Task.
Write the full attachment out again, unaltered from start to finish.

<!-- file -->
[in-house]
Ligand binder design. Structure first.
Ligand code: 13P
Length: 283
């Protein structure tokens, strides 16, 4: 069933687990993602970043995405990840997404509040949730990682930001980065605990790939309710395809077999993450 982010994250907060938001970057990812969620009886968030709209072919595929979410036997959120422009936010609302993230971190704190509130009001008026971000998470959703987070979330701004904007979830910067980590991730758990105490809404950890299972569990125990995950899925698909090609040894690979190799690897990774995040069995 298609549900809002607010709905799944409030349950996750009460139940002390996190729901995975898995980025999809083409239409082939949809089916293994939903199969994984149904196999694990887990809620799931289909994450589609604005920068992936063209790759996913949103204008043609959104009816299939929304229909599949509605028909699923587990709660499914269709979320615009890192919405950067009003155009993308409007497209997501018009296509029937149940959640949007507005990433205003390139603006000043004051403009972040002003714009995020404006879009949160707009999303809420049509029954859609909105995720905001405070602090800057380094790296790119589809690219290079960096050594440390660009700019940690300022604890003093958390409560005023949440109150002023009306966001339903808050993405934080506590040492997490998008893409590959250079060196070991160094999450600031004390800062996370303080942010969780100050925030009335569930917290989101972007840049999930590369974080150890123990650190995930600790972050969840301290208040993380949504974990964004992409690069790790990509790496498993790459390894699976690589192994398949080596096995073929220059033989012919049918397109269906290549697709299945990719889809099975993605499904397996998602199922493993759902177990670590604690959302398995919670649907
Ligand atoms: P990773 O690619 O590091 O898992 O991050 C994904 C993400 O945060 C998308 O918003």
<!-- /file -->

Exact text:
[in-house]
Ligand binder design. Structure first.
Ligand code: 13P
Length: 283
């Protein structure tokens, strides 16, 4: 069933687990993602970043995405990840997404509040949730990682930001980065605990790939309710395809077999993450 982010994250907060938001970057990812969620009886968030709209072919595929979410036997959120422009936010609302993230971190704190509130009001008026971000998470959703987070979330701004904007979830910067980590991730758990105490809404950890299972569990125990995950899925698909090609040894690979190799690897990774995040069995 298609549900809002607010709905799944409030349950996750009460139940002390996190729901995975898995980025999809083409239409082939949809089916293994939903199969994984149904196999694990887990809620799931289909994450589609604005920068992936063209790759996913949103204008043609959104009816299939929304229909599949509605028909699923587990709660499914269709979320615009890192919405950067009003155009993308409007497209997501018009296509029937149940959640949007507005990433205003390139603006000043004051403009972040002003714009995020404006879009949160707009999303809420049509029954859609909105995720905001405070602090800057380094790296790119589809690219290079960096050594440390660009700019940690300022604890003093958390409560005023949440109150002023009306966001339903808050993405934080506590040492997490998008893409590959250079060196070991160094999450600031004390800062996370303080942010969780100050925030009335569930917290989101972007840049999930590369974080150890123990650190995930600790972050969840301290208040993380949504974990964004992409690069790790990509790496498993790459390894699976690589192994398949080596096995073929220059033989012919049918397109269906290549697709299945990719889809099975993605499904397996998602199922493993759902177990670590604690959302398995919670649907
Ligand atoms: P990773 O690619 O590091 O898992 O991050 C994904 C993400 O945060 C998308 O918003």